Puppets have been a part of early childhood educator practice and in formal therapy settings for many years. They can be used as a tool to observe, educate, and support children. Often puppets are placed in the dramatic play area or are used by educators to assist in storytelling, group times and in helping to label and express feelings. Through puppets children are provided with an opportunity to express their fears, anxieties, and emotions. For some, the use of puppets has been a way to integrate curriculum and play as a part of learning and can be used to simulate real life scenarios. Exploring puppetry, puppeteers and the making of puppets is also another avenue worth discovering with children in the playroom. Children create their own understanding and images of the world through play, while engaging in fantasy play and role play that allows children the freedom of expression. Children love to pretend and engage in dramatic characterizations, using puppets that can help foster social, emotional, cognitive, spiritual and literacy development. It also promotes storytelling abilities, creative thinking, problem solving and nurturing self-esteem (Synovitz, 1999). 

Applied puppetry has been used in the healthcare field such as hospitals to assist in treatment and surgery preparation. Health care professionals have used puppets to assist in teaching about healthy food choices. A study looked at how interactive reading and puppetry could promote a toddler’s vegetable consumption. In their study, deRong et al. (2017) found that the puppets acted as role models that influenced the children’s eating habits by imitating the puppets actions. A book was used together with the puppet to support the ideas. The puppet asked children questions and responded to their actions demonstrating that the children responded more to the characters than just to a story or book being shared. Children were encouraged to feed the puppet pretend vegetables which had them actively engaged, as opposed to being passive participants in the learning (listening to a story).

Children love to pretend and engage in dramatic characterizations, using puppets that can help foster social, emotional, cognitive, spiritual and literacy development. It also promotes storytelling abilities, creative thinking, problem solving and nurturing self-esteem  

(Synovitz, 1999).

The physical motion of using puppets also strengthens other areas of development such as cognitive competence and physical coordination. In their work Liang et al. went further in exploring puppetry through technology which used multi-touch tablets for collaborative, interactive and immersive storytelling experiences.  As children engage in the puppet narrator role their development is supported through thinking about and telling stories, understanding the meaning of stories, creating, and identifying a plot in the story process, learning about numbers, spacial awareness and visual perception; together with eye hand coordination needed for hand gestures and movements (Liang et al., 2017).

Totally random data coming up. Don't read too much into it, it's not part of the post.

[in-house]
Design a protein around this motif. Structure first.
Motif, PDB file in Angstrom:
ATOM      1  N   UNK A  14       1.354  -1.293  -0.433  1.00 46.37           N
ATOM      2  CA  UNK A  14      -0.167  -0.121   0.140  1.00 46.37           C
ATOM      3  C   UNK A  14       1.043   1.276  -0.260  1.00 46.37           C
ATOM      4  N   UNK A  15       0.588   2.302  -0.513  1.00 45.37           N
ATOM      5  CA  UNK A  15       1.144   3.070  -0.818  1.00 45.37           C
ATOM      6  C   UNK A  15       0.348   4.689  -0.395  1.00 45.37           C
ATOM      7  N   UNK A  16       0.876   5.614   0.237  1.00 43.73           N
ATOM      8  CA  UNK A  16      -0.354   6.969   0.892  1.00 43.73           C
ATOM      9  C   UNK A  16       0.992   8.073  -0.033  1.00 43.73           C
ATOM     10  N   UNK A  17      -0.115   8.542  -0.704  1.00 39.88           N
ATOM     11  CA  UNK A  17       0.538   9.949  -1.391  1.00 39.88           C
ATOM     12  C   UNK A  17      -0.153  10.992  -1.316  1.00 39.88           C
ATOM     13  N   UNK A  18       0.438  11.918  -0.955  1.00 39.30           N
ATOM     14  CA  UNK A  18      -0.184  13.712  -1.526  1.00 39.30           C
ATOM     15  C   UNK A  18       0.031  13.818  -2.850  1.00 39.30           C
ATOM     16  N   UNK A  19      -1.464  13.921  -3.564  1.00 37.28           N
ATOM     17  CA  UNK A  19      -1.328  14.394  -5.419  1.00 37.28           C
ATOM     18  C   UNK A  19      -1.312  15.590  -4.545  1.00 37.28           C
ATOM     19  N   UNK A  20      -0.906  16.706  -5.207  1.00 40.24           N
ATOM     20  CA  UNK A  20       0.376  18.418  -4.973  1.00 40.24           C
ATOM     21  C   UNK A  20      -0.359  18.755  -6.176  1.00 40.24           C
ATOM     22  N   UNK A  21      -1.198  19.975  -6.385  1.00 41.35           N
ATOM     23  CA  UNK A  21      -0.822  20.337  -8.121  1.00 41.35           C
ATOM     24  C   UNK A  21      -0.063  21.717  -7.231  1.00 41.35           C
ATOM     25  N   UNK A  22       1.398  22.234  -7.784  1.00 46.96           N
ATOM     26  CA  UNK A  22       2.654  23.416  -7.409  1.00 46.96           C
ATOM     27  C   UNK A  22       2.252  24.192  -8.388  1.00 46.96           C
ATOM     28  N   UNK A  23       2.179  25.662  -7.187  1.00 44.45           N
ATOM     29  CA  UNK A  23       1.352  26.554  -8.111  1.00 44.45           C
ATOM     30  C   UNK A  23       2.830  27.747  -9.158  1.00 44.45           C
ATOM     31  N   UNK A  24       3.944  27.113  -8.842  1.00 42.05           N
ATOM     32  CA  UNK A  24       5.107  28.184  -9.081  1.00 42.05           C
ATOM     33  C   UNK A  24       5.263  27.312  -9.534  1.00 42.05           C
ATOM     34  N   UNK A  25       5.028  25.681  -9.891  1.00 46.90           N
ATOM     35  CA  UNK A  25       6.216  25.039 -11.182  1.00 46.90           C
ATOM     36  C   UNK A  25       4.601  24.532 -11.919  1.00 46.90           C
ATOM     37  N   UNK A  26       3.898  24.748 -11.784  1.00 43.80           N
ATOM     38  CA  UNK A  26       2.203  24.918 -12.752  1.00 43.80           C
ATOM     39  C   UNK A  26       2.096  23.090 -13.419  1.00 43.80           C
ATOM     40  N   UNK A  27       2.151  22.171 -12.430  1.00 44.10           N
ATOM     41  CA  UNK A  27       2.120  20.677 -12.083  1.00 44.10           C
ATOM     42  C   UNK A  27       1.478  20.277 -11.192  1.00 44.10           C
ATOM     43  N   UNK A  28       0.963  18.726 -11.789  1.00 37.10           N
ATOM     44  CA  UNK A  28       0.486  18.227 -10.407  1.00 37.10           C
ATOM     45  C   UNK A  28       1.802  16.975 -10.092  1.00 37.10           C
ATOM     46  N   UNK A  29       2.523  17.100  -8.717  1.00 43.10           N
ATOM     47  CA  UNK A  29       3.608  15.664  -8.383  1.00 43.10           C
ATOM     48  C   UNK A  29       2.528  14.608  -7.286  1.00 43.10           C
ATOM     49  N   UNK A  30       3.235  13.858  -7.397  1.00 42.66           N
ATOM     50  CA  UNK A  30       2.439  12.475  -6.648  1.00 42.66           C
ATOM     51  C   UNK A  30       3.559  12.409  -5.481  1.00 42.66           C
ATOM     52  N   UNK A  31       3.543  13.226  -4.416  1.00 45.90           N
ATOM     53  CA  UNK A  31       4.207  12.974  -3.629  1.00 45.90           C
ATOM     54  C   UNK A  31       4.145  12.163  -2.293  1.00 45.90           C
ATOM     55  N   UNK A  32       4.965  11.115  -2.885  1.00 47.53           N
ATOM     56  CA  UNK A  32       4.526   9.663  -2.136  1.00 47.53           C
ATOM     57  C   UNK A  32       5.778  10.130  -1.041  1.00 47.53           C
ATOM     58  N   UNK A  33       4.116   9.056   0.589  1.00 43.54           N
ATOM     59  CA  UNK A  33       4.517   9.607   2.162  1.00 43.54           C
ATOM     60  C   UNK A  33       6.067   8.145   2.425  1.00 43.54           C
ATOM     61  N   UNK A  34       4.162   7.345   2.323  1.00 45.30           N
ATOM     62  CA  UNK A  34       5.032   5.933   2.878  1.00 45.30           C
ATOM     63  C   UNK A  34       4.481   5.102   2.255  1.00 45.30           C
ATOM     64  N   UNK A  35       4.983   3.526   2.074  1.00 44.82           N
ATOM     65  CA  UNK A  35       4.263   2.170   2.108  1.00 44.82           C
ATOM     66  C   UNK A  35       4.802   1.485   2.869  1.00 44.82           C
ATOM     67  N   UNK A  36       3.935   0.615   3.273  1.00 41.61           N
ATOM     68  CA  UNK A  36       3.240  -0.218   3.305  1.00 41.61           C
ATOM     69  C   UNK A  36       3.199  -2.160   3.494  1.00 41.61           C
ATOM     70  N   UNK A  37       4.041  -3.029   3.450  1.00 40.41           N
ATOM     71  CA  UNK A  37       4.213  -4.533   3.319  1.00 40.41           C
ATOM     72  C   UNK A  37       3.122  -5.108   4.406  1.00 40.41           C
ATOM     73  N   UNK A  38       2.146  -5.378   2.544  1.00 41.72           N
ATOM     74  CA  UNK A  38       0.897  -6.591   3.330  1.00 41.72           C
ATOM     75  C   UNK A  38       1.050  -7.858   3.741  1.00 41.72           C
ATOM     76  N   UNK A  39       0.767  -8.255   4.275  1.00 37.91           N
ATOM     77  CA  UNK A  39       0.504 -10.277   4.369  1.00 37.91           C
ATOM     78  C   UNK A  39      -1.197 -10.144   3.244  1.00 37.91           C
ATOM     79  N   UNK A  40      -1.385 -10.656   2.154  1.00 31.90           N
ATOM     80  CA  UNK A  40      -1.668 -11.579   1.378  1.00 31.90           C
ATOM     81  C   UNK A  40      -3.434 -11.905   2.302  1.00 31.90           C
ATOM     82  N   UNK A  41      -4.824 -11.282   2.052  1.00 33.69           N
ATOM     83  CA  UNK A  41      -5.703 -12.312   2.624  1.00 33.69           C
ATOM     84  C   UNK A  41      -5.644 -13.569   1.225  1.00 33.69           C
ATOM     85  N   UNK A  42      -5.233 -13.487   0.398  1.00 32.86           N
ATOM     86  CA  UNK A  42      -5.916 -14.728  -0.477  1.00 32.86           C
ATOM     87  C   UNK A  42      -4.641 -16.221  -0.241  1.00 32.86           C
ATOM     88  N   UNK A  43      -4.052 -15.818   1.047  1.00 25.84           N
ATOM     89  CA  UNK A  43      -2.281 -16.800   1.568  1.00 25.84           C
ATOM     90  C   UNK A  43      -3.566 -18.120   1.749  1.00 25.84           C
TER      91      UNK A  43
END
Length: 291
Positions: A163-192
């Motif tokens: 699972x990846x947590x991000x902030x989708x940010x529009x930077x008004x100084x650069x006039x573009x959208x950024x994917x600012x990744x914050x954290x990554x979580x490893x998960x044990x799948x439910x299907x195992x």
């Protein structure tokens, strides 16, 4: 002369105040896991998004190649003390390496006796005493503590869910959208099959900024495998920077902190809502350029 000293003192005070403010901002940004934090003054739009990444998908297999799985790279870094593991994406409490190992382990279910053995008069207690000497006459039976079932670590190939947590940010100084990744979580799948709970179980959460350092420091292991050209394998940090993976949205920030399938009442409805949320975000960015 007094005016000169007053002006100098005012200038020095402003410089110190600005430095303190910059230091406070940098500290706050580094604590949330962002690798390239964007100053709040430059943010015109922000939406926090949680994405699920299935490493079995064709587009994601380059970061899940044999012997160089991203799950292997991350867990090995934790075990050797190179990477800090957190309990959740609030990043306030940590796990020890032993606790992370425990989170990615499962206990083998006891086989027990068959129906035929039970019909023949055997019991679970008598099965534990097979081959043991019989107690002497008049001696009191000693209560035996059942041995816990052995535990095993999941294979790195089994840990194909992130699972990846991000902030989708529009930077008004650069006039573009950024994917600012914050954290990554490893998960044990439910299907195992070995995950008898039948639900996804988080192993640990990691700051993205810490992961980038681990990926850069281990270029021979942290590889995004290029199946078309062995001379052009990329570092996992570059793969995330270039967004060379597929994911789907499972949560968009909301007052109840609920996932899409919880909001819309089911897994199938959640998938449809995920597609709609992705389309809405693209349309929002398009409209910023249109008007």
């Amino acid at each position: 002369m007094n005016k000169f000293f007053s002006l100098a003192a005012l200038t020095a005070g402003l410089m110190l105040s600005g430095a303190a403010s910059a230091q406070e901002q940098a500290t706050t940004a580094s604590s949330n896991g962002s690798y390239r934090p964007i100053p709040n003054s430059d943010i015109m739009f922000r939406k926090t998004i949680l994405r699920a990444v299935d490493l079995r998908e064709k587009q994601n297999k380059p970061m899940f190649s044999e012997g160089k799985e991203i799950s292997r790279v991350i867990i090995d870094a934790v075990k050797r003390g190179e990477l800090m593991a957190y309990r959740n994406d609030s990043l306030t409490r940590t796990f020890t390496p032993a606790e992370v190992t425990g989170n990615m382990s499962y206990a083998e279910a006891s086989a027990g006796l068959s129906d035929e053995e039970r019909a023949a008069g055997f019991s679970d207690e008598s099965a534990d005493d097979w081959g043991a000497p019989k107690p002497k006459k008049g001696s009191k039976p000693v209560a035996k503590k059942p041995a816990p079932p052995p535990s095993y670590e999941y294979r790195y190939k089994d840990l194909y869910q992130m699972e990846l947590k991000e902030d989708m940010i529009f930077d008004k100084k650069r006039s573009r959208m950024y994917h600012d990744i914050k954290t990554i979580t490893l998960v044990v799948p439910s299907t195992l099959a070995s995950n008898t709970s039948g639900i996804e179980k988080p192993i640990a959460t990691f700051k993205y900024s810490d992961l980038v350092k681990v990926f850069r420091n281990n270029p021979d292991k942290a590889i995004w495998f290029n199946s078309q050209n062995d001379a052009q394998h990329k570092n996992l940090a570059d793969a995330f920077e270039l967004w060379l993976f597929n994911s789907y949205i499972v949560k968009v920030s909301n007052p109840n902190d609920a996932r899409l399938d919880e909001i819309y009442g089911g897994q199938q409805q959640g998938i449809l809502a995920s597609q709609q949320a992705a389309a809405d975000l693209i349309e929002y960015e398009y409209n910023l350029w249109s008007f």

Applied Puppetry to Support Emotional and Self-Regulation 

Some young children find it a challenge to generate strategies to regulate their anger, sadness and other emotions, and early childhood educators must find creative, safe and respectful ways to support children in their emotional and social development. Throughout their preschool age years children begin to respond to experiences with different emotions and reactions.

In a presentation to the Child Studies program in the winter semester of 2022, Starlight related that puppetry helped him to build his own resilience as a young man. He talked about how it was a tool for him in different scenarios in that it helped him to resolve conflict with peers and to connect with his family (D. Starlight, personal communication, February 14, 2022). Children can use puppets to help gain a sense of control when interacting with puppets which helps them in making good decisions. Caring adults will encourage children to use language, when possible, to deal with stress together with emotional support in the form of soothing, positive emotional expression, and affection. Through this, children learn that emotions can be managed through strategies, however, how the child responds is also dependent on dispositions and temperament. Children can project their thoughts, feelings, and experience onto puppets because it can be a safe place to communicate worries and distress. Children can also interact with the puppets to understand potential thoughts and feelings of the puppet. Puppets can be used to talk with children about their worries and emotions while perhaps sharing its’ own stories of difficult situations, such as experiences with moving to a new country, violence, or other traumas. Children can relate to puppets who share experiences like their own and may feel more comfortable while in programs. A fun and trusted puppet friend does not come across as threatening and can help increase a sense of safety, warmth, and comfort.